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United Kingdom: As the first Labour Party commissioned report on basic income comes out, renewed interest on the policy surfaces in the UK

An important report on basic income has been released in the UK, as announced before, and publicly presented at the RSA last Tuesday. In that report, one central idea is to put forward, for the UK social reality: to give every adult citizen a 100 £/week (equivalent to about 460 €/month), unconditionally and without means-testing. According to the Progressive Economic Forum (PEF), this policy can be tested in the UK in five different ways (for an year):

  1. Giving a 100 £/week (116 €/week) to every adult in a randomly selected community, plus 50 £/week (57 €/week) for children and any extra amount to account for disability necessities. The scheme would replace all benefits but the housing benefit.
  1. Giving a 70 £/week (81 €/week) to every adult in a randomly selected community, plus 20 £/week (57 €/week) for children, but keeping child benefits. All other means-tested benefits would remain in place, accounting for the unconditional transfer as income, thus reducing or eliminating the (existing) benefits paid.
  1. A 50 £/week (58 €/week) to every adult in a randomly selected community, plus any existing benefits (not considering the unconditional transfer as income).
  1. A randomly selection of adults (country-wide) on welfare seeing conditionalities removed.
  1. A randomly selection of homeless people given an unconditional cash grant, replacing other (cash or non-cash) benefits.

At the referred presentation, Labour Party’s John McDonnell, the Exchequer Shadow Chancellor, said the Labour Party is not committing to introduce basic income in the UK (if elected), but this report will definitely be instrumental for the party’s next manifesto design.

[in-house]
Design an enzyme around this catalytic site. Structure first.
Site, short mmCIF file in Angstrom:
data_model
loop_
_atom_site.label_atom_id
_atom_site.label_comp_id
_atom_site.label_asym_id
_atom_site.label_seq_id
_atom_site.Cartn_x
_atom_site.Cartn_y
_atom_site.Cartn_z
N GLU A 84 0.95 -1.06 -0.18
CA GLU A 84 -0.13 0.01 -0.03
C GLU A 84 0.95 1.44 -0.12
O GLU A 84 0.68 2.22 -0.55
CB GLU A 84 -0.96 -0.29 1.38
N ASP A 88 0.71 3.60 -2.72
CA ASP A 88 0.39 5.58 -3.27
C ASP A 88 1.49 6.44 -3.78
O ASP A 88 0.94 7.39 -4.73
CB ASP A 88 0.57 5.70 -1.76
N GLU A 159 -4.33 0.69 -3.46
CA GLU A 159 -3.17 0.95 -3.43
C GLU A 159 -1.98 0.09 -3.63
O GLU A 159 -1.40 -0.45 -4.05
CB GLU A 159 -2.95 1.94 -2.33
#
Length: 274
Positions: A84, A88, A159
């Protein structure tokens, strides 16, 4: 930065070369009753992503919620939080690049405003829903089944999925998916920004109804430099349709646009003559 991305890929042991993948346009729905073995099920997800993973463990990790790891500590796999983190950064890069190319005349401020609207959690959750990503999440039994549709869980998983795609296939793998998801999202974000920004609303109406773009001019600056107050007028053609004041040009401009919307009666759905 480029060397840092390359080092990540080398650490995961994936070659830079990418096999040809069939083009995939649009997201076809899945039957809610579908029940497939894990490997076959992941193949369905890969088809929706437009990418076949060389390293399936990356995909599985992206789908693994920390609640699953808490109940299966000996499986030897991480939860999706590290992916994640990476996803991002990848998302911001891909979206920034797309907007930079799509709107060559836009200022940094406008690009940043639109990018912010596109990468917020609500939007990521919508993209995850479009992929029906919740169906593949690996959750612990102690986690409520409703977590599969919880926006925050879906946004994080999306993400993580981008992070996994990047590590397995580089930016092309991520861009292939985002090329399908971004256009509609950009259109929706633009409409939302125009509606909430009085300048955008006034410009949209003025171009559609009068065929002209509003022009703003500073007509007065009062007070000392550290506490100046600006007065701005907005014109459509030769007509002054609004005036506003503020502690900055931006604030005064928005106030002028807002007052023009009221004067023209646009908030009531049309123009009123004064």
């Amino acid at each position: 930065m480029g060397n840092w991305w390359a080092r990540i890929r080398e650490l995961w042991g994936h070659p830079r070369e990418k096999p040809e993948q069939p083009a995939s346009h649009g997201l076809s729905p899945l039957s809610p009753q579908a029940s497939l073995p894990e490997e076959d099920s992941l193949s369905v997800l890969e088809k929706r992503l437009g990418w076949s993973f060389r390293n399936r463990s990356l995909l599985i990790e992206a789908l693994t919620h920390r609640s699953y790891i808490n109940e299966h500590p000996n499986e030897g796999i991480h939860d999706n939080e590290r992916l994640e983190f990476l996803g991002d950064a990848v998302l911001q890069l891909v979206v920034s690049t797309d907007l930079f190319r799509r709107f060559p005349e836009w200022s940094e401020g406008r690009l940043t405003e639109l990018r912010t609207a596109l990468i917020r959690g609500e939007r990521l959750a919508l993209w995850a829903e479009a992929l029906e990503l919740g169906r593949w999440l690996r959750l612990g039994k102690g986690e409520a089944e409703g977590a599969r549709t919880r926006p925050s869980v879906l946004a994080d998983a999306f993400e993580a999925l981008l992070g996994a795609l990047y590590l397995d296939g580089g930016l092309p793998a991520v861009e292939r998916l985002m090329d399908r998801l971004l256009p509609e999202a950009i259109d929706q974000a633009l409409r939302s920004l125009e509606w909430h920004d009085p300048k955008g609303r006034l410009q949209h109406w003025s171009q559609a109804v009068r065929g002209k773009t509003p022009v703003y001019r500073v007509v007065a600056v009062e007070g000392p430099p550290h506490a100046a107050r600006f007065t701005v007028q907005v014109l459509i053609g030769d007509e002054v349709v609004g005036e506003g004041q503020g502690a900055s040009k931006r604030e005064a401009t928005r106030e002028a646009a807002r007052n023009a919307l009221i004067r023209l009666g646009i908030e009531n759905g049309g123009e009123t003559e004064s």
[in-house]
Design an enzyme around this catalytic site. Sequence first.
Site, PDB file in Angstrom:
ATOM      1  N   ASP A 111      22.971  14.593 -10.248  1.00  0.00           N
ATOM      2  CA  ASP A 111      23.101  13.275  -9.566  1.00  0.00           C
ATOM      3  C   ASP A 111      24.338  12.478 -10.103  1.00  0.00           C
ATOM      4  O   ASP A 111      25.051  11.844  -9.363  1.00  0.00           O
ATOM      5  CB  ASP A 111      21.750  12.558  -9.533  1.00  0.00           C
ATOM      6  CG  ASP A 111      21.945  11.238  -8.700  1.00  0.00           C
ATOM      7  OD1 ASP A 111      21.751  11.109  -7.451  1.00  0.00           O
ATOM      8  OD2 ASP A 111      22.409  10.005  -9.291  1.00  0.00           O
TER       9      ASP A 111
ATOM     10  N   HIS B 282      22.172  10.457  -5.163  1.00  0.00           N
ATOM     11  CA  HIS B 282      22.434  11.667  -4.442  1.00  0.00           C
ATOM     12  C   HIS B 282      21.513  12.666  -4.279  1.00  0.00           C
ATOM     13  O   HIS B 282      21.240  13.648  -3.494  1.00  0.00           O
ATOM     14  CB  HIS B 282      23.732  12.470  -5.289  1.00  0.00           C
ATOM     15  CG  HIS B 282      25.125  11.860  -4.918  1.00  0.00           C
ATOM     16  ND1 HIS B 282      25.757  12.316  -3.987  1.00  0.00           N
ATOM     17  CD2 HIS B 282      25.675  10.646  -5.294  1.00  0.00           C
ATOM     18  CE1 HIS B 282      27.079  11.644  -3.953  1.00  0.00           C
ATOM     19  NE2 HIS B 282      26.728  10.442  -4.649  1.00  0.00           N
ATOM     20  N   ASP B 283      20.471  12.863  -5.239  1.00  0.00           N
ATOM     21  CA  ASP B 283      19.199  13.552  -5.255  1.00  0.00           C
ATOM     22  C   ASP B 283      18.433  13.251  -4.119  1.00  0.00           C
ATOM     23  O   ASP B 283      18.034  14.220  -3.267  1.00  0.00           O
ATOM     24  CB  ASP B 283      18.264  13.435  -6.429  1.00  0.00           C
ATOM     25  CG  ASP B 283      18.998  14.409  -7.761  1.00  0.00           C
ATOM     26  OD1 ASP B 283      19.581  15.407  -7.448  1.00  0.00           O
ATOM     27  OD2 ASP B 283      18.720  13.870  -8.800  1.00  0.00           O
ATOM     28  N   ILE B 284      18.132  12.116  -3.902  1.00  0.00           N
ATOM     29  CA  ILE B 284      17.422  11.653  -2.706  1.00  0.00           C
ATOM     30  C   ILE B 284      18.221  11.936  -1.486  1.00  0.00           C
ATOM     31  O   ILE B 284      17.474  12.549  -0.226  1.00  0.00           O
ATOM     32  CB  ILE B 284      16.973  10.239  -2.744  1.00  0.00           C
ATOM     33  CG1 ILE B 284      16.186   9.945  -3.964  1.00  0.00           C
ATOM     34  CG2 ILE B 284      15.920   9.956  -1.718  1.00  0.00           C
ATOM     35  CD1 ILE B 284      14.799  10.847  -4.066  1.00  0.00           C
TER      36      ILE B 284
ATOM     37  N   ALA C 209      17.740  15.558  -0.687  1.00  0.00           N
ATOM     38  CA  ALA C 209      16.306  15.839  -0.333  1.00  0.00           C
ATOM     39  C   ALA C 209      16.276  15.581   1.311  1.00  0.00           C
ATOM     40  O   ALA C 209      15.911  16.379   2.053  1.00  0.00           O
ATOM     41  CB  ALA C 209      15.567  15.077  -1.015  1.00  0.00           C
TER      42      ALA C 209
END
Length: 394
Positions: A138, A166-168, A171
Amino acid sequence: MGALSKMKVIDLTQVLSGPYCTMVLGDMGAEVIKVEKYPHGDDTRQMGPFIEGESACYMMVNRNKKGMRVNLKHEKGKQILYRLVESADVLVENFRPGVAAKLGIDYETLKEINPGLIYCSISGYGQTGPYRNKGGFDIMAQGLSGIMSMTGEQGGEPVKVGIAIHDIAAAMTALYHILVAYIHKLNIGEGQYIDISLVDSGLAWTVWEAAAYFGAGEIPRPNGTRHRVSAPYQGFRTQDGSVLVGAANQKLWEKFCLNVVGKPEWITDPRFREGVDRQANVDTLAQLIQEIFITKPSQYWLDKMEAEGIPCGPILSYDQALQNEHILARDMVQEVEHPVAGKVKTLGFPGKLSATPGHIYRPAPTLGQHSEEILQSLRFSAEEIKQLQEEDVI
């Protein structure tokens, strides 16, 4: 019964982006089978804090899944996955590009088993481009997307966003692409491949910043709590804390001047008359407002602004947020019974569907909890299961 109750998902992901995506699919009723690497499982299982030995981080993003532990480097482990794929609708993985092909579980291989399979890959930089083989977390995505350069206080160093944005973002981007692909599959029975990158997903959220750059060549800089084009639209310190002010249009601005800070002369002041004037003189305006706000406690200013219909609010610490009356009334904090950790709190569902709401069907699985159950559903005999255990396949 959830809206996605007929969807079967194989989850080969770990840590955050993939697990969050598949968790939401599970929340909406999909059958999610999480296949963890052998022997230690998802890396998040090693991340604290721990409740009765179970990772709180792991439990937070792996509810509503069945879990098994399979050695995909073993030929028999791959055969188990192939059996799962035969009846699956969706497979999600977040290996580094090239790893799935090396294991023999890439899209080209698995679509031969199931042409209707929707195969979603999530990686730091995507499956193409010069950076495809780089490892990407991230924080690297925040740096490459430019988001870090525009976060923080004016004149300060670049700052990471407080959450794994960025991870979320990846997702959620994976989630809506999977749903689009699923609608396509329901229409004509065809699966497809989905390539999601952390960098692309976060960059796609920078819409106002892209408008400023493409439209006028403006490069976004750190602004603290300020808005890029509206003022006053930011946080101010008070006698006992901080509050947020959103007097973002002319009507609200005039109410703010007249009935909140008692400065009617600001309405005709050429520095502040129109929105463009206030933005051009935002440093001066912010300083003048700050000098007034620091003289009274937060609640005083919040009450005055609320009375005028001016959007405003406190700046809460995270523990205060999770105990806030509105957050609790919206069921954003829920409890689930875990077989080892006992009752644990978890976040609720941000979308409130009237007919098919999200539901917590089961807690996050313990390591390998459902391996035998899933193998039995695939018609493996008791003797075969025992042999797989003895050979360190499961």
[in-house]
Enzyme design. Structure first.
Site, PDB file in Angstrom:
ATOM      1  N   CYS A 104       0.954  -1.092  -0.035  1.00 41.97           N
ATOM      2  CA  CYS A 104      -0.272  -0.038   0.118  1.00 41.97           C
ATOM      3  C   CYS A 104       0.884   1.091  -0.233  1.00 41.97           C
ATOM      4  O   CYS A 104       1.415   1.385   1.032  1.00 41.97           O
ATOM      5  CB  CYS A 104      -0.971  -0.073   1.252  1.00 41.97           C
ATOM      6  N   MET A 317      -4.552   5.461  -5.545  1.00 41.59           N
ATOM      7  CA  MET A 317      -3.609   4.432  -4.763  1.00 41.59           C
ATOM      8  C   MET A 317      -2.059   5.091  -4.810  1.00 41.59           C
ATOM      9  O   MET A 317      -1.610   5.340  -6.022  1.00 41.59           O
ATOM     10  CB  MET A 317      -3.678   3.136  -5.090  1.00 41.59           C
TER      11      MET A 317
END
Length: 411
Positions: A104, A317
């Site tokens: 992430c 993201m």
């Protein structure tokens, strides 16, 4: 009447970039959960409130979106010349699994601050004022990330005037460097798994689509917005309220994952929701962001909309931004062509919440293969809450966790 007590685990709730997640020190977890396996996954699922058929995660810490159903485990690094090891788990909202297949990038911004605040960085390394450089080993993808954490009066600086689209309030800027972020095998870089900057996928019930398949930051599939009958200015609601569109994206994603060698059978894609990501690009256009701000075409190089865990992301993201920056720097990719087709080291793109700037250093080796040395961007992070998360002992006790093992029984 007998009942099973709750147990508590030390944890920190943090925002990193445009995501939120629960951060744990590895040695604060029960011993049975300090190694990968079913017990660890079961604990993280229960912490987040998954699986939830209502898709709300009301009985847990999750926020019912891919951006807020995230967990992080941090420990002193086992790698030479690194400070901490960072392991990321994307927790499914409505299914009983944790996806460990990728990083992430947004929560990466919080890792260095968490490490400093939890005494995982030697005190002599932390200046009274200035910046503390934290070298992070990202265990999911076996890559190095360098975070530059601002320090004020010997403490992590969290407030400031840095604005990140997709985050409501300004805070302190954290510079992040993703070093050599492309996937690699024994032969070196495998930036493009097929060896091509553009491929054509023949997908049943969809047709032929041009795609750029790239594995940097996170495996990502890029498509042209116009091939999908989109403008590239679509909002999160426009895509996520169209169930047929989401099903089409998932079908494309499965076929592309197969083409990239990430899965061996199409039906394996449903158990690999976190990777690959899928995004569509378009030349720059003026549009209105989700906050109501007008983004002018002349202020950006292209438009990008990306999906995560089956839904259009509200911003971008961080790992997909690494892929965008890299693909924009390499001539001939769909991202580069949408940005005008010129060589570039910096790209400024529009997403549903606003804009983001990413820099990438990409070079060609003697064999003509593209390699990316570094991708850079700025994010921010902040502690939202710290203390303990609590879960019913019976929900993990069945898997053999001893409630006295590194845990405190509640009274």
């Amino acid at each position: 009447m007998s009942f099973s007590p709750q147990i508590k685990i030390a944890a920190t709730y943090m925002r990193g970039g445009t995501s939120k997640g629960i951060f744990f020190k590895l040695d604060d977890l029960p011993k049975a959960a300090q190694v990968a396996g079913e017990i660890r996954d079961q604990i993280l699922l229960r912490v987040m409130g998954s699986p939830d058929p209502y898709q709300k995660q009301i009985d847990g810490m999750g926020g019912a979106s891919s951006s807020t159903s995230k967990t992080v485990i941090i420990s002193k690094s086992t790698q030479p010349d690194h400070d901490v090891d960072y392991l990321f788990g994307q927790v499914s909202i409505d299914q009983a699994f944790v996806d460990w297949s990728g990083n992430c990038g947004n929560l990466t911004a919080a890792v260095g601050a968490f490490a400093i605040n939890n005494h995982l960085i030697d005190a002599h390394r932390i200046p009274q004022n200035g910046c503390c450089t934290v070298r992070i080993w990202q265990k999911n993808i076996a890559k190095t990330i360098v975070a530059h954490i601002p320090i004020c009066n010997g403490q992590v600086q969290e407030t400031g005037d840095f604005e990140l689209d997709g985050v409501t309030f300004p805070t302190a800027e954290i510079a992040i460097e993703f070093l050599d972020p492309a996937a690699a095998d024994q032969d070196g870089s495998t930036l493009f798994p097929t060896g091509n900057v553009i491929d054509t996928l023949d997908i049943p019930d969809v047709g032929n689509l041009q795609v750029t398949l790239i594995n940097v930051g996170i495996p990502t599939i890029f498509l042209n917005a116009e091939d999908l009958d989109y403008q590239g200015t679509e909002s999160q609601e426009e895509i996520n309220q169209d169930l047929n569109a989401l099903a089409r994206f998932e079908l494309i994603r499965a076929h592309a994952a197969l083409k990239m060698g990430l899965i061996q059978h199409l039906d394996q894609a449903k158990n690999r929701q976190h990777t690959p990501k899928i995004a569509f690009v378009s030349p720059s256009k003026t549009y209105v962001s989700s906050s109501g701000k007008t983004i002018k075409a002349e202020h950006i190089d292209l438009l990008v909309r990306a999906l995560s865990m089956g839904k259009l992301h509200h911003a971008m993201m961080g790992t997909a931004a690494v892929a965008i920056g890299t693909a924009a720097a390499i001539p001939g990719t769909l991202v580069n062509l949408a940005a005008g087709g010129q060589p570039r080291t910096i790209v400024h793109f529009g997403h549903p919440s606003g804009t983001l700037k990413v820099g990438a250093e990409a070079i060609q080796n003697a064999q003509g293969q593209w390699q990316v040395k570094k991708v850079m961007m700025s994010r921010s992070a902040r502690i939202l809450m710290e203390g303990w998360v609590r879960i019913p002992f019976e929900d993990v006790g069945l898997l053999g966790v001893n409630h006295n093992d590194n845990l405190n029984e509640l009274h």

Not surprisingly, Tories in parliament stand firmly against this policy, branding it as a “handout”, and dismissing it as hugely expensive and unfair to “hardworking taxpayers”. To that, Guy Standing, main author of the referred author, has replied that governments looking forward should “at the very least introduce local pilots to see how effective it could be”. He and RSA Director Anthony Painter have been strong proponents of reducing or eliminating means-testing and conditionality in general, in a welfare system in the UK which has been “expensive to administer and is causing destitution”.  Painter summarizes by saying that “basic income-style pilots have been proven to have beneficial effects on health, well-being, and trust, while giving people more freedom to decide for themselves how to manage their lives.”

A series of articles have been produced on this issue, in several news outlets, such as the Guardian, Brave New Europe, the Mirror and BBC News. The presentation video can be watched below, and also heard on an RSA podcast.

More information at:

André Coelho, “United Kingdom: Guy Standing presenting report “Piloting Basic Income as Common Dividends”, Basic Income News, May 6th 2019

Guy Standing, “Basic Income as Commons Dividends: Piloting a Transformative Policy – A Report for the Shadow Chancellor of the Exchequer”, Progressive Economic Forum, 2019

Dan Bloom, “Basic Income: John McDonnell hails report calling for UK to pilot radical scheme”, Mirror, May 7th 2019

About Andre Coelho

André Coelho has written 304 articles.

Activist. Engineer. Musician. For the more beautiful world our hearts know it's possible.

The views expressed in this Op-Ed piece are solely those of the author and do not necessarily represent the view of Basic Income News or BIEN. BIEN and Basic Income News do not endorse any particular policy, but Basic Income News welcomes discussion from all points of view in its Op-Ed section.

2 comments

  • Joyce Ireson

    Whatever happened to dignity in retirement.For many of today’s pensioners a basic income will never materialise so what’s needed is an end to the present poverty state pension of £129 20 a week for a more reasonable amount which would also do away with means tested benefits .

  • Clive Hopper

    Regular victims of the inflexible benefits system and a lot of politicians too know that the current system is not relevant or fit for the 21st century with zero hour contracts, part-time and temp work so common. Why do people have to undergo the demeaning current complicated system when it could all be so much simpler and also empower people to work part-time, study, do voluntary work or start a business without the constant worry of juggling cash from day one.

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